Ivan Dixon, best known for his role as “Kinch” in the TV series, “Hogan Heroes” gives a powerful and disciplined performance as the independent Duff who does not bow to any man, white or black. Jazz great Abbey Lincoln provides a superbly sensitive, naturalistic performance of a woman who sticks by her man even after he almost reaches a breaking point.
More than forty five years later the movie is still unsettling to watch, I don’t think it matters whether you are black or white, you feel the pain, the humiliation of the black characters, and you cringe at the way the racist behave. You also feel the strength of the two main characters who face long odds for happiness yet realize that happiness comes from accepting responsibility for family and one’s own life.
Long before Dennis Hopper used it in “Easy Rider” and Martin Scorsese used it in “Mean Streets,” director Michael Roemer used a rock and roll soundtrack. The film is filled with early sixties Motown numbers by Martha and the Vandellas, Stevie Wonder, Mary Wells, Smokey Robinson and the Miracles and others adding another layer of authenticity to the place and time.
The gritty feel of the film comes from director Roemer whose only work prior to this was a documentary called, “Cortile Cascino.” The documentary atmosphere of the film lends a strong sense of you are there realism to the film. Filmed in New Jersey, the locations have a Southern rural texture that adds to it all. Roemer and screenwriter Michael J. Young, two white men, spent a lot of time in the south traveling, living among black people in order to soak in the viewpoint, the conditions, the inner strength, the life and times of what it was like.
In addition to Dixon and Lincoln, the cast includes a plethora of actors who would become well known in later years including Mel Stuart, Yaphet Kotto, Julius Harris, Ester Rolle, Moses Gunn and stage actress Gloria Foster in a wonderful performance as a woman taking care of Duff’s father. Stage actress Foster made her film debut in Shirley Clark’s “The Cool World” and most recently in “The Matrix” and “The Matrix Reloaded.” She died in 2001.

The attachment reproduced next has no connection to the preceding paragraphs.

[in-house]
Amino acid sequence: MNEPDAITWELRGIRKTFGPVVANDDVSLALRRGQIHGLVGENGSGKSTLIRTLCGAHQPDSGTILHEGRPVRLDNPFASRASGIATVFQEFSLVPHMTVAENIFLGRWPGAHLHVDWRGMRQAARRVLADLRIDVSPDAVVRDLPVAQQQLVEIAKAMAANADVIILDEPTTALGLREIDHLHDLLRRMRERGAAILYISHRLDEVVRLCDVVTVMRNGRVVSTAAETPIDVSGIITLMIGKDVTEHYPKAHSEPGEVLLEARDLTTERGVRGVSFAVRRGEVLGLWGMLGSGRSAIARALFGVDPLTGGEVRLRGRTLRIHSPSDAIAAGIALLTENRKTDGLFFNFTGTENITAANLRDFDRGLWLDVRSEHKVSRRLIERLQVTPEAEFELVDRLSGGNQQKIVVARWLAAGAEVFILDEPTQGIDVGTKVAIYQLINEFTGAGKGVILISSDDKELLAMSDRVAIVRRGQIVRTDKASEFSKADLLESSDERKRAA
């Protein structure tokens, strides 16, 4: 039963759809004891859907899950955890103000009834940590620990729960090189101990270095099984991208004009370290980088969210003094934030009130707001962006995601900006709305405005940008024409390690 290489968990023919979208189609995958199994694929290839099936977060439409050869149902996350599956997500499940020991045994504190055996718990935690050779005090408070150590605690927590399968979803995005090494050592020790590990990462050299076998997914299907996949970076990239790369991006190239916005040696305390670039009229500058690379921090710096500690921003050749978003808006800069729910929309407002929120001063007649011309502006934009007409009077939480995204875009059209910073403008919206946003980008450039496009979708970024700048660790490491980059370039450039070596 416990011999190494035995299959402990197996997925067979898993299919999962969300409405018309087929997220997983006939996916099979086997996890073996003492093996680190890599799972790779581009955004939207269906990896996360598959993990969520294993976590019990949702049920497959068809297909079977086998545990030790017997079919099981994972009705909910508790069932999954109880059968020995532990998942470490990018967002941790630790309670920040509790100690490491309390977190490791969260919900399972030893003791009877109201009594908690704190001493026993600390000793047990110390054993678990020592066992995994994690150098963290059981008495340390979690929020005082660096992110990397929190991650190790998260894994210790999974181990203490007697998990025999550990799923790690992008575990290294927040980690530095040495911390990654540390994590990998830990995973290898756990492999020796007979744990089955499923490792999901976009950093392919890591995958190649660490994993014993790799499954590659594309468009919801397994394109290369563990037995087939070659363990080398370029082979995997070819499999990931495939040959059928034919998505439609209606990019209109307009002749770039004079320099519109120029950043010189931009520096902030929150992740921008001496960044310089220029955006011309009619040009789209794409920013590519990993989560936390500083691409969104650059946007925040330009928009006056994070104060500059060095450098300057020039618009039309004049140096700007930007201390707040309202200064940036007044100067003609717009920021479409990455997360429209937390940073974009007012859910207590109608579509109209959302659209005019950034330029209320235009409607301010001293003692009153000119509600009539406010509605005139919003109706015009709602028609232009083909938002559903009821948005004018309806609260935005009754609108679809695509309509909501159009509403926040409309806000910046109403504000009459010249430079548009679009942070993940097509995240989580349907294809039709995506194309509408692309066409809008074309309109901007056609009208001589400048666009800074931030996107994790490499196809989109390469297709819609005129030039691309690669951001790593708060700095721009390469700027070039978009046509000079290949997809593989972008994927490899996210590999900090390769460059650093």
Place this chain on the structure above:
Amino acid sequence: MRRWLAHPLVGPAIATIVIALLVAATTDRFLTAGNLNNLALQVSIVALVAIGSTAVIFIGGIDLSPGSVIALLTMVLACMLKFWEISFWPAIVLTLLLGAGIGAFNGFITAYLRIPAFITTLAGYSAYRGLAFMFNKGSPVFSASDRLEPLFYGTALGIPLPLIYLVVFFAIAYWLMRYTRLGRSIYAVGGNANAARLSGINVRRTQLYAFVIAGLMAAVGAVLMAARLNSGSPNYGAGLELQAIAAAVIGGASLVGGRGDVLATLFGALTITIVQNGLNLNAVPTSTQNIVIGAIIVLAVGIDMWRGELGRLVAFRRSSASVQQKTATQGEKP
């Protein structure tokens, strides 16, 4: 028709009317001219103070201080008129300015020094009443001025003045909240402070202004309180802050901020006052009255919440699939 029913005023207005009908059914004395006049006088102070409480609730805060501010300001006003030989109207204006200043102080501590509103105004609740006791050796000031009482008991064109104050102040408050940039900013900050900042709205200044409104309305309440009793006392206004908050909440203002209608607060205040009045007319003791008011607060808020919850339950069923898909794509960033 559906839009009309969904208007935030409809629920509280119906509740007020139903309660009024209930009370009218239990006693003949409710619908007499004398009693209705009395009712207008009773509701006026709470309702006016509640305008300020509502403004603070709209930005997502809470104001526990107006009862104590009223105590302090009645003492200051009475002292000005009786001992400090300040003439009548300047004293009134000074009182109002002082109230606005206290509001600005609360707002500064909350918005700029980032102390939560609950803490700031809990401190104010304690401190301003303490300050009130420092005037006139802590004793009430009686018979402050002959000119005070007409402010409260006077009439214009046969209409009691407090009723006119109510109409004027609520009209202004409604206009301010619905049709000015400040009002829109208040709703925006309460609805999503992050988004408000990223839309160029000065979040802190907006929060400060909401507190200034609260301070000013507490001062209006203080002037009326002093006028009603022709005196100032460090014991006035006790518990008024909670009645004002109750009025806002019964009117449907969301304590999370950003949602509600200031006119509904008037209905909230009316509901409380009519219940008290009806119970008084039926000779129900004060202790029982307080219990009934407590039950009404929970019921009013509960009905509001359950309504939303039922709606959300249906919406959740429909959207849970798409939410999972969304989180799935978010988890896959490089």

“Nothing But a Man” is a landmark in both independent and black cinema, a sensitive portrayal of black life during a pivotal time in history. The film was highly praised by critics and premiered at the Venice Film Festival in 1964, followed by a showing at the New York Film Festival. Unfortunately, the film’s general release was limited to New York, Boston and a few other cities before disappearing. According to Jim Davidson in his article, included with the DVD, distributors did not know what to do with the film. They felt it was “unsuitable,” for different reasons, for both white and black audiences. “Nothing But a Man” died a quick death and disappeared except for a few prints that circulated around college film societies. In the mid to late 1990’s New Video released the film on VHS and on the 40th Anniversary of the film in 2004, it came out on DVD.